Antonio is right, it is going to be beautiful. It is also beautiful to see something being re-constructed so meticulously in a city that so often feels neglected, corrupted and as if it’s falling apart. It does look as if it might to be finished in time for Christmas, an elegant and functional heart for a handsome tree-lined piazza. Suddenly the older woman turned to me. “Ma tu sei straniera?“”But are you a foreigner?” she asked in a way I am familiar with: a question that feels like an accusation. “Yes” I replied. “My son Luca was born here though, and his dad is Roman” At which her face changed completely. “Ecco un  piccolo testaccino!” (Here’s a little testaccio boy) She then turned to Luca and asked him if he would like to play in the piazza as she did 79 years ago. He replied with suspicious narrow eyes and go away which made me feel like a crap mother. Not that the signora seemed bothered, she simply sent a curl of smoke into the cold sunny sky. We watched a while longer before saying goodbye to the Signora and the digger then walking from the old to the new market to get the ingredients for lunch.

DSC_1046

Which brings us to today’s ingredients and recipe, for polpette, or meatballs, again. Again, because since observing in my last recipe that when you ask an Italian about meatballs one thing is (almost always) certain; that their mother, their grandmother or their aunt made the best polpette, I have been (happily) inundated with polpette advice. Most advice concerned meatballs in tomato sauce. However this recipe, from my friend and excellent cook Eleonora is distinct and to put it bluntly: bloody marvelous. Over the last two-weeks I have followed this recipe in much the same way they we have been following progress of the fountain: often and with dedication.

These are small walnut sized polpette made from a mixture of twice ground beef and pork, fine breadcrumbs, chopped parsley, grated parmesan, two eggs, salt and pepper. Having kneaded the ingredients together vigorously, formed and rolled, you then roll the polpette in fine breadcrumbs. These are polpette in bianco, which means meatballs in white as opposed to red (meaning tomato). They are fried first in olive oil scented with garlic and then sizzled with white wine. Being small they don’t take long to cook: a few minutes in olive oil and then about 5 -7 more with the wine, which sends the most delicious savory scent swirling up and around the kitchen. There is a moment of stove alchemy when the escaped breadcrumbs, meat juices, wine and olive oil come together into a thickish gravy that clings to the tiny meatballs. Served just so on a wide platter, the gravy poured over the top, possibly a handful of parsley, they make for an immensely pleasing dish.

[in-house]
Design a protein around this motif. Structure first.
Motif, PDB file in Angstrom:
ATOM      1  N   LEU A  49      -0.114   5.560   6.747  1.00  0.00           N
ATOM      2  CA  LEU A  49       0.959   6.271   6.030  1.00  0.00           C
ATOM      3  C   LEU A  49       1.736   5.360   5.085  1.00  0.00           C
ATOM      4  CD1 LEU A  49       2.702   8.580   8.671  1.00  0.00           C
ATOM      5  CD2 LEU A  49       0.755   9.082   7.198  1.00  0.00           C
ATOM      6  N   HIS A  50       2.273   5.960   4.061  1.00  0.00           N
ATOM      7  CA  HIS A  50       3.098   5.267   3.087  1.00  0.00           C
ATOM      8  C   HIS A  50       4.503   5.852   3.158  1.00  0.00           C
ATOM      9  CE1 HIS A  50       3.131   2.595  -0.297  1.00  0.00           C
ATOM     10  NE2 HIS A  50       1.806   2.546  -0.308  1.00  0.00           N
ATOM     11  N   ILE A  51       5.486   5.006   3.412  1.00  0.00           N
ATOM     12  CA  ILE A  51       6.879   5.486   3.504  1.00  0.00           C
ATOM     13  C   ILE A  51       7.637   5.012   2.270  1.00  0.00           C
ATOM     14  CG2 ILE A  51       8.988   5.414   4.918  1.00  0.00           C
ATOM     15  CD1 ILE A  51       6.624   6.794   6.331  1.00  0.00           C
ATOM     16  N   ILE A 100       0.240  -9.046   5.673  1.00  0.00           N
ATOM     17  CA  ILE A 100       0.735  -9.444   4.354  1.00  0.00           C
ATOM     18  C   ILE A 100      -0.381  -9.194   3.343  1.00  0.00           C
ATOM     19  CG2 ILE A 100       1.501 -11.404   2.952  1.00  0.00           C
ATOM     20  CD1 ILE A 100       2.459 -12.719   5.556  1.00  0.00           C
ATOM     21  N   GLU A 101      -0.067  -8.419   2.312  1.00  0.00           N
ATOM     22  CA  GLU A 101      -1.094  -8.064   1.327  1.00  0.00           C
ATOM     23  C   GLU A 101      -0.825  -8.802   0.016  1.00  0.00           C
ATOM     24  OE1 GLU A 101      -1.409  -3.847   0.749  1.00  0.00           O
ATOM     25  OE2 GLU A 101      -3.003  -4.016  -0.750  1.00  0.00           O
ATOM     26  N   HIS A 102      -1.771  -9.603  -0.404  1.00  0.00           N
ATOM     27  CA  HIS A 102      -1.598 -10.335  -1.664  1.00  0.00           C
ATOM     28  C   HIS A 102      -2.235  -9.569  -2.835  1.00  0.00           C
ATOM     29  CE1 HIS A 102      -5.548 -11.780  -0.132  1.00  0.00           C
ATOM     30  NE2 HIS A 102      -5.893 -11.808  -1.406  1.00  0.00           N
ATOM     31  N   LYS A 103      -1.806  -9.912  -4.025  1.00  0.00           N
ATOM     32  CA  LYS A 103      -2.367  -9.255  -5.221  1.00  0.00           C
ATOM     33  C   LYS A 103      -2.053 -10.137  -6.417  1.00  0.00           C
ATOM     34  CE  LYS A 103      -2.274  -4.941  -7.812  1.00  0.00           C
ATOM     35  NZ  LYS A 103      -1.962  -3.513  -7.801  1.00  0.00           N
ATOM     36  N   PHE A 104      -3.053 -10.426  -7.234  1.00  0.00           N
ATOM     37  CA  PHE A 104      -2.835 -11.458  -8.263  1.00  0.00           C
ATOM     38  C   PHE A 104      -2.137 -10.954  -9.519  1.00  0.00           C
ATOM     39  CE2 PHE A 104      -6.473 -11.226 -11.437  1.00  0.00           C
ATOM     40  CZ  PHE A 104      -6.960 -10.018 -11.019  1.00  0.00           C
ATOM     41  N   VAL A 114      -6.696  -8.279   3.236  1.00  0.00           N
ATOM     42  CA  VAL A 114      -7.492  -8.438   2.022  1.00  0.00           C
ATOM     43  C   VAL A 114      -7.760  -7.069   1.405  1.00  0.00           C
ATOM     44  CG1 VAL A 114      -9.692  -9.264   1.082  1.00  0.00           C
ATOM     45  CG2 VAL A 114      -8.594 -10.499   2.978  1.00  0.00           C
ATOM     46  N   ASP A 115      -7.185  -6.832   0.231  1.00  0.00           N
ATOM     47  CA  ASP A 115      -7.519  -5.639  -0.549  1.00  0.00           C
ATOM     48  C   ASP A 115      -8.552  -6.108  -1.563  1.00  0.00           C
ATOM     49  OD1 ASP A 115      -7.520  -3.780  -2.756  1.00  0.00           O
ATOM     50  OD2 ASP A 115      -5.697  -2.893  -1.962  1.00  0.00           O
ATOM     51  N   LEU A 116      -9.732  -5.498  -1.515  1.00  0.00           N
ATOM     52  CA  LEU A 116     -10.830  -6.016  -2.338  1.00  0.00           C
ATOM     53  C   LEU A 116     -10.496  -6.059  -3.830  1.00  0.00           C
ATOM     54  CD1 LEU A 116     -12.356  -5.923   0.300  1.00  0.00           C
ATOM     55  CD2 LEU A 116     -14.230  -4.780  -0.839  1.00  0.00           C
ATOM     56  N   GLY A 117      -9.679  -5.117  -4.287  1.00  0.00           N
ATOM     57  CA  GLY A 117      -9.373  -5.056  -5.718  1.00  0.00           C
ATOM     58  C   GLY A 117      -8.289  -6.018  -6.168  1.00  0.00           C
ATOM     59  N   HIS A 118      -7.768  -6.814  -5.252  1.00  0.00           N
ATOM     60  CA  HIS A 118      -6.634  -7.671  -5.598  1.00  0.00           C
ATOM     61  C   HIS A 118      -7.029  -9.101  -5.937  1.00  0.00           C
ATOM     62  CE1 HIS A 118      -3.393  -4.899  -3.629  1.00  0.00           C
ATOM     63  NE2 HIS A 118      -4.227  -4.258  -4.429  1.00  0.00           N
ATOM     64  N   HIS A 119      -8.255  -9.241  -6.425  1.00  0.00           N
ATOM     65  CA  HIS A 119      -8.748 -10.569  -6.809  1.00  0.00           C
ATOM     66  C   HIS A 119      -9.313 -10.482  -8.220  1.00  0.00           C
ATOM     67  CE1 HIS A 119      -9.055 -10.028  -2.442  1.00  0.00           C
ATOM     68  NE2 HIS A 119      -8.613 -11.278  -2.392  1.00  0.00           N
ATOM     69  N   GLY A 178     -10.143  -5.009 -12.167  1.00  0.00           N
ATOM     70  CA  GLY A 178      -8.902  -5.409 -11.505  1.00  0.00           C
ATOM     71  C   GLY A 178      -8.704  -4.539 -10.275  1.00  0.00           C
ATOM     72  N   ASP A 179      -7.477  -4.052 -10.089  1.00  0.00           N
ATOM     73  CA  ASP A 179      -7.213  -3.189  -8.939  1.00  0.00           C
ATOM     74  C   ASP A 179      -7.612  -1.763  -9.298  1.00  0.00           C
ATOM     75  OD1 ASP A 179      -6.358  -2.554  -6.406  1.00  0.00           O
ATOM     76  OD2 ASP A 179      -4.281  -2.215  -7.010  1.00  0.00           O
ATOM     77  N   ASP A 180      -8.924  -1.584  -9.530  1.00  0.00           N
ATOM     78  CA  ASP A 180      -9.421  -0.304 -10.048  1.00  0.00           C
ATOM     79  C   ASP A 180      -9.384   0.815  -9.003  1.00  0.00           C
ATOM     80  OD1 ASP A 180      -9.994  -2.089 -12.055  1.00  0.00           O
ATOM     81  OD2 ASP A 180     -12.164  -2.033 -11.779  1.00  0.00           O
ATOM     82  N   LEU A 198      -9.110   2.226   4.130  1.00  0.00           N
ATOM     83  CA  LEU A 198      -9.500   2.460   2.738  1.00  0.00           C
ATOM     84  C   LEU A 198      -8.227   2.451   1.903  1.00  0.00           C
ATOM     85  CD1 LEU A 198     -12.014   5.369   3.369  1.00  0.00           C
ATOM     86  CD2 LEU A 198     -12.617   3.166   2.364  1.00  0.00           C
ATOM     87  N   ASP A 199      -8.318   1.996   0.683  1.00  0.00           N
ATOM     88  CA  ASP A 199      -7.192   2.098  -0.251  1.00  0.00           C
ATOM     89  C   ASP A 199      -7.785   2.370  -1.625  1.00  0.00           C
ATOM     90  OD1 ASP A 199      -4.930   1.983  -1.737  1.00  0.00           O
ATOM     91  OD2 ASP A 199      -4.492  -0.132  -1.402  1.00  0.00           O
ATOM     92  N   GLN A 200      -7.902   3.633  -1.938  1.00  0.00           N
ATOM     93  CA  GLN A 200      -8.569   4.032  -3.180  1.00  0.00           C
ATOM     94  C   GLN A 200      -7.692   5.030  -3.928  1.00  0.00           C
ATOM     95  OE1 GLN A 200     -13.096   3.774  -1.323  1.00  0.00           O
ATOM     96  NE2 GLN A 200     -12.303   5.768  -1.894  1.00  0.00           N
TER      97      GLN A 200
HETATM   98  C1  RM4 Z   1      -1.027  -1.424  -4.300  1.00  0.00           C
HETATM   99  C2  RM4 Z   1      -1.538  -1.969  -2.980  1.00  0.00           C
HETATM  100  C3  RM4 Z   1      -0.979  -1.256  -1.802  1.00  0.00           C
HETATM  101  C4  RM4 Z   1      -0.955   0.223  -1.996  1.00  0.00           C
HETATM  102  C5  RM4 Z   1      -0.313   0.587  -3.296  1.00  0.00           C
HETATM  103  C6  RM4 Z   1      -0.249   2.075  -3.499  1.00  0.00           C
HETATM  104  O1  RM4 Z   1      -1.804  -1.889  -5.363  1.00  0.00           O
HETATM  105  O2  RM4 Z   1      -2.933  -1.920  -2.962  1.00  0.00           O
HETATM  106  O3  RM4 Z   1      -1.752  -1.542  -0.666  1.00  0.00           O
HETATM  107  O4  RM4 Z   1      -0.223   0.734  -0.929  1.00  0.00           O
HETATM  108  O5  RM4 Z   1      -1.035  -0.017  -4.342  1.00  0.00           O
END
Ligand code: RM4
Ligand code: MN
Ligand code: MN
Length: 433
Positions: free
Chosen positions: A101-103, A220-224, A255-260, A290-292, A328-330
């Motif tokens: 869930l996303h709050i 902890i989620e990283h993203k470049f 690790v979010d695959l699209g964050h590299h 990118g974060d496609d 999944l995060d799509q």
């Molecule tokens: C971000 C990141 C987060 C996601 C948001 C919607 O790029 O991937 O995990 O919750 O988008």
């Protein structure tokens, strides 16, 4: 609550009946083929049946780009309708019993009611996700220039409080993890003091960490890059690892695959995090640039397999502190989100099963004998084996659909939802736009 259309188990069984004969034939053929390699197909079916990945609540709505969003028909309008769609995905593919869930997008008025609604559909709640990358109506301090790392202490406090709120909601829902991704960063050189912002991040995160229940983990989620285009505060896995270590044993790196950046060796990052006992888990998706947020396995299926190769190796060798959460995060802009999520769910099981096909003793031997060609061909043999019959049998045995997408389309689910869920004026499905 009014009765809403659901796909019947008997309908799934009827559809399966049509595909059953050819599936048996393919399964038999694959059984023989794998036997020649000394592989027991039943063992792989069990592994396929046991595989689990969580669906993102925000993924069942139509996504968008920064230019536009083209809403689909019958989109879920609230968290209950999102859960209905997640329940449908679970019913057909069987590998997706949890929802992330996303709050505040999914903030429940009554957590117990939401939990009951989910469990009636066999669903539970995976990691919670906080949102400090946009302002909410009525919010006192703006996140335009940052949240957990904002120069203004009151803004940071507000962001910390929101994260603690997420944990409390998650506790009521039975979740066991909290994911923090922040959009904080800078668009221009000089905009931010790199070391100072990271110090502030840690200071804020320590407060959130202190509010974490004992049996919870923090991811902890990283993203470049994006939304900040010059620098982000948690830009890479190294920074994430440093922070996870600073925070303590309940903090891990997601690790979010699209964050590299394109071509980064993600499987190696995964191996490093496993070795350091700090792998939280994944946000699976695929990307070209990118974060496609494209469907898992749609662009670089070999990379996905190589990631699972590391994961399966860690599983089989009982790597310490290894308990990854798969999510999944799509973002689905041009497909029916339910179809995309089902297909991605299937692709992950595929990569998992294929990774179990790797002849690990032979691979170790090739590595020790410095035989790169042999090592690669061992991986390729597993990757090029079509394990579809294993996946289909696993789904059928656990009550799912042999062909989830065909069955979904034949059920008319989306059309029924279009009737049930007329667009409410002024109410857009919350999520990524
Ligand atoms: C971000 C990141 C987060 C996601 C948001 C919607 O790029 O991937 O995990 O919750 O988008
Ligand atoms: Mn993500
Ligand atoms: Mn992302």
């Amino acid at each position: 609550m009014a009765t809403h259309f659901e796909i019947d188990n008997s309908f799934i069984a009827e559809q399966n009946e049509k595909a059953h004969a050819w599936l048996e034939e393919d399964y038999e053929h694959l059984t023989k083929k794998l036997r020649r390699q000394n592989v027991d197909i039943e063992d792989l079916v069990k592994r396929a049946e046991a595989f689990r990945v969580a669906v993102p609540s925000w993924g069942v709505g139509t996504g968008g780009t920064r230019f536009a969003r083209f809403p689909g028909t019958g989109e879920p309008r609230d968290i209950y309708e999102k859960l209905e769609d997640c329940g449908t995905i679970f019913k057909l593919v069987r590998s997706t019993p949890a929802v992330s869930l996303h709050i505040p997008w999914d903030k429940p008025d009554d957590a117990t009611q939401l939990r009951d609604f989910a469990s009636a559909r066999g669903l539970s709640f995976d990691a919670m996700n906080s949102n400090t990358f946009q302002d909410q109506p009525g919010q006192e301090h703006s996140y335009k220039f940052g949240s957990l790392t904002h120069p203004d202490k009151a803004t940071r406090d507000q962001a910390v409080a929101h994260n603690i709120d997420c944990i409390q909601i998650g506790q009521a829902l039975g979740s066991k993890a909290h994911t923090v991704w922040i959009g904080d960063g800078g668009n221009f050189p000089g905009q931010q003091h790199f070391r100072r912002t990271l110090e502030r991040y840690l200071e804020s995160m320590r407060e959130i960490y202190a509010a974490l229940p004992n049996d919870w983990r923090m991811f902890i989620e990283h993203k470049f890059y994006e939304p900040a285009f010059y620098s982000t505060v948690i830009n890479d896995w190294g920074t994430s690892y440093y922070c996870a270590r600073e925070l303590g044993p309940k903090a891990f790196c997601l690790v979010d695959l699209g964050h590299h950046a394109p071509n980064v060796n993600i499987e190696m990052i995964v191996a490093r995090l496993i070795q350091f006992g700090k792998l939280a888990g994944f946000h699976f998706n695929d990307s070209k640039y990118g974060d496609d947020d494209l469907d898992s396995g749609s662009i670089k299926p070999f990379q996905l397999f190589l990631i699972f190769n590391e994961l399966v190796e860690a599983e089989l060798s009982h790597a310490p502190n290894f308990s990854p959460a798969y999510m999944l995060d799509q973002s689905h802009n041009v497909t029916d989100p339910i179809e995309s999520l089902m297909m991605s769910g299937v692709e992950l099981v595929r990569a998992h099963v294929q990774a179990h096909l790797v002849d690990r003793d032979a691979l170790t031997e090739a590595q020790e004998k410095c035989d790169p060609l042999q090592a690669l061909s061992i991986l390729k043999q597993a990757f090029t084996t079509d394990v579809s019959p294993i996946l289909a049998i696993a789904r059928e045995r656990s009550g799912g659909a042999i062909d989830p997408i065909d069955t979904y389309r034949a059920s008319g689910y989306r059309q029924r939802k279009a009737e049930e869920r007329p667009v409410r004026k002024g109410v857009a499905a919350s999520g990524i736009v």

The day Eleonora came round and taught me how to make them, we ate our Polpette with leafy broccoletti dressed with salt, olive oil and lemon and topped with ruby-red pomegranate seeds that matched Eleonora’s dress and flaked almonds – another dish I have been making repeatedly. It was such a good lunch.

DSC_1047

Eleonora’s Polpette – serves 4 

Here is a taste of Eleonora’s childhood and summers spent in Puglia where her grandmother would pile platters high with these polpette. The recipe was a family one, until she shared with me, then in this lovely post on her blog. As she suggested, I have tried the recipe several times and made it my own, which is what I suggest you do too. A few notes – if possible, mince the meat twice. The breadcrumbs need to be fine, dry ones. Eleonora suggests removing the meatballs from the pan after frying them, blotting away excess oil and then returning them to the pan after adding the wine. I found it easier not to do this as there didn’t seem to be too much oil and it was so tasty, but you might like to.

  • 250 g ground beef
  • 350 g ground pork
  • 75 g fine, dry breadcrumbs plus more for rolling
  • 75 g finely grated parmesan
  • a heaped tablespoon of finely chopped parsley
  • 2 eggs
  • salt and black pepper
  • 6 tablespoons of extra virgin olive oil
  • 2 cloves of garlic
  • 200 ml white wine – you may need a little more.